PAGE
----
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Life lessons from a yard sale

Yard Sale for the Cure   Kew Gardens 365 1

Life lessons from a yard sale


There’s nothing better than a yard sale to clear away the old toys and unused items that clutter the garage and closets. However, between morning soccer practices and weekend shopping trips; hosting a yard sale never seems to become a priority.

What if a yard sale could be much more than an opportunity to find new homes for unwanted toys? By getting your kids involved, they will walk away with fewer toys and a few more coins; but also with some great life lessons under their belts.

From tweens to toddlers, your kids will learn lessons that will last a lifetime.

Life Skill #1: The Value of Money
We all know it is never too soon to teach your child about money. A yard sale is a perfect opportunity to not only practice math skills, but to also learn how to price items and negotiate.

Picture your tween with a money belt around his waist and a mission to sell a table full of old toys and books he no longer uses. He’s chosen the prices himself, labeled each item, and is ready to negotiate with potential buyers. This is where the learning begins. First, your child will get the chance to put his schoolbook lessons to real-life use. He’ll have to accept money and make change, all under the watchful gaze of an eager shopper. Wait until someone asks him for a bargain! Your son will have to quickly make a decision on a fair price, where all parties feel they got a deal.

Life Skill #2: How to help mom and dad
It’s not only the big kids who learn lessons; your little ones can learn a thing or two as well.

In the days that lead up to your Yard sale, have your children help put sticker price tags on the items that are for sale; not only is it fun for them, it helps with fine motor skill development. As the day approaches, they can help clean the items that are for sale and then place them in different piles. Encourage them to put kitchen items together, stuffed animals in another pile, and books in another. On the day of the sale, your little one can help set up and sell items.

Life Skill #3: How to Part with Unused Items
It can be hard for anyone to part with an item once loved, but no longer needed. It’s doubly hard when you are a kid and it is a beloved toy, even if they haven’t played with it in while.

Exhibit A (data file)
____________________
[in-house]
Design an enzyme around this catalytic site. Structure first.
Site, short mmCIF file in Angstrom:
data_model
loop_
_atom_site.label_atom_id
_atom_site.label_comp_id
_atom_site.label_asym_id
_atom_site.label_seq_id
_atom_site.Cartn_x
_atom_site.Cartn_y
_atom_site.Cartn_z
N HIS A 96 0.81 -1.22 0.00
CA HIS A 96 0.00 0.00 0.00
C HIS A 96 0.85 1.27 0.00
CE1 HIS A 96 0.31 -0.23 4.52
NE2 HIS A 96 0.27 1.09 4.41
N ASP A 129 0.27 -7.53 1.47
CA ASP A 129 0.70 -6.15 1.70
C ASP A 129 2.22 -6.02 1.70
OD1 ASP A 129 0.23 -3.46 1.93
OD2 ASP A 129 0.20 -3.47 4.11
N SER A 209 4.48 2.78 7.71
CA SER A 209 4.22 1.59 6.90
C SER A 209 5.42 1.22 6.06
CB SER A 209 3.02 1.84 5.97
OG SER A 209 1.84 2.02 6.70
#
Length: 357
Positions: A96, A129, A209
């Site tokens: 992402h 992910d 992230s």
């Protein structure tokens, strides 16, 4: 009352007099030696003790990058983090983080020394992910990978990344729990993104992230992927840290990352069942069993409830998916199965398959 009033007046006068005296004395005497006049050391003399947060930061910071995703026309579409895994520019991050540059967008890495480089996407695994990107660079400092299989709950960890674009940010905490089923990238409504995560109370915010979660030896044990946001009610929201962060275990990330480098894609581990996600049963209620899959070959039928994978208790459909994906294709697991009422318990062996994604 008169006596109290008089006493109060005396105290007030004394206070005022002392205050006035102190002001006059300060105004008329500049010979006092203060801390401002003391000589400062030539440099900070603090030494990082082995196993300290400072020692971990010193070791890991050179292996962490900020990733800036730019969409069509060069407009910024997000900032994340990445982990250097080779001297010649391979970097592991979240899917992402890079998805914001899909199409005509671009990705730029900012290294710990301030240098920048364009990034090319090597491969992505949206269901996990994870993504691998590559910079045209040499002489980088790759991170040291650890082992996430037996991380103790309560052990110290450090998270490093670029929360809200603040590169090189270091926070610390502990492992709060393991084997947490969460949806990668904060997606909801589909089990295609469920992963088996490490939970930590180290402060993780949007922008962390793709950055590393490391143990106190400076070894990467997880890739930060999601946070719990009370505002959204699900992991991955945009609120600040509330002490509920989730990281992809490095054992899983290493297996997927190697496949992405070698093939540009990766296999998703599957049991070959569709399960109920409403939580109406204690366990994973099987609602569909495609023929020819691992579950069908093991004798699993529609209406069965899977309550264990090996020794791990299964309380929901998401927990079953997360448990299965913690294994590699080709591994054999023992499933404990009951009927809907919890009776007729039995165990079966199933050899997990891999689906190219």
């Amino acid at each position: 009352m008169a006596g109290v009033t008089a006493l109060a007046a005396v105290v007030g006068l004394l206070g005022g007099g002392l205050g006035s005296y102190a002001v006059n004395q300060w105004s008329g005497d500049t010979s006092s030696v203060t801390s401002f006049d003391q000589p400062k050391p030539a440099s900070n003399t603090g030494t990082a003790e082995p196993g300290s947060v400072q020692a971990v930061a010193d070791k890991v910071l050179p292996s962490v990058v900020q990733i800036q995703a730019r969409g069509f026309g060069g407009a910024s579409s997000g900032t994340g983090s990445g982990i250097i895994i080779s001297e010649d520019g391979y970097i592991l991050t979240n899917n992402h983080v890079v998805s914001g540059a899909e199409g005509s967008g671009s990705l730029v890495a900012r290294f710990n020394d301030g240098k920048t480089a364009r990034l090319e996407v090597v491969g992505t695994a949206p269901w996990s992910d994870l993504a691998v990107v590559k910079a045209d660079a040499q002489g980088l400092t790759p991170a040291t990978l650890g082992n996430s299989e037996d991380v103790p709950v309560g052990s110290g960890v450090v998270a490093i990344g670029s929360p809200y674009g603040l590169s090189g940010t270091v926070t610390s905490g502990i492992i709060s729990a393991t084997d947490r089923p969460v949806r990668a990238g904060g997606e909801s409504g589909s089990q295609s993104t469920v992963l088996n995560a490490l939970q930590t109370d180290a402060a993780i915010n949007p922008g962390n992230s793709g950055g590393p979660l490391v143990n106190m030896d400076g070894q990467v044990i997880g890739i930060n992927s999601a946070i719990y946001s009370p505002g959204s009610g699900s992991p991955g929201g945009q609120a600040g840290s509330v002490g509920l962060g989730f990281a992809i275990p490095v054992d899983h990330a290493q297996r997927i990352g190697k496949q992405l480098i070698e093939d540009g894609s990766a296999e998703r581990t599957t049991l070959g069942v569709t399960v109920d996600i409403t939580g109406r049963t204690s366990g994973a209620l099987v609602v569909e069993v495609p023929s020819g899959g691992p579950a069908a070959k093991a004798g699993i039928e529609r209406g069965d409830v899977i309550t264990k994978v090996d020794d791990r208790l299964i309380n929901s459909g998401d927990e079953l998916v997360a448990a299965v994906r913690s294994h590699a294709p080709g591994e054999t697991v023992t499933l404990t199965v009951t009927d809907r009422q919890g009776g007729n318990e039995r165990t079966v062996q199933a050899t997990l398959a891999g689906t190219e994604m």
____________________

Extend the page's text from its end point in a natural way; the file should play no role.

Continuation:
Hosting a yard sale is a great way to encourage your kids (of any age) to sort through their stuff and determine what is actually used, and what’s just collecting dust. Have them create a pile of stuff to keep and a pile of stuff to sell. Encourage them to make these decisions on their own and go through the ‘keep’ pile a few times, just to be sure they really need everything they’re keeping.

Life Skill #4: How to Work Well with Others
Running a yard sale can be an excellent practice in working as part of a team: no matter if it’s just your family or a street-wide sale.

From setting-up, to working the sale, to tearing down at the end of the day – your kid will have the chance to cooperate, take the lead, and follow instructions. If they are old enough, let them work their own table and practice communicating with buyers. Your child will have a chance to try out those “good manners” you’re always talking about.

Life Skill #5: How to Give Back.
Hosting a yard sale can also teach your children about the power of helping others. This year, rather than keeping the money earned donate the funds to a charity. One option is to transform your annual yard sale into a Yard Sale for the Cure and donate your proceeds to the Canadian Breast Cancer Foundation.

In doing so, you’ll teach your kids the importance of giving back and supporting local causes. Let them know that all their hard work will help fund groundbreaking research, education and breast cancer awareness. You’ll be surprised by how motivated they’ll be and how proud of their accomplishments they’ll feel.

The Canadian Breast Cancer Foundation has created a website that provides tools and tips to help you host a successful sale. From scripted emails, Tweets, and status updates to “how to” videos and press release templates; has you covered.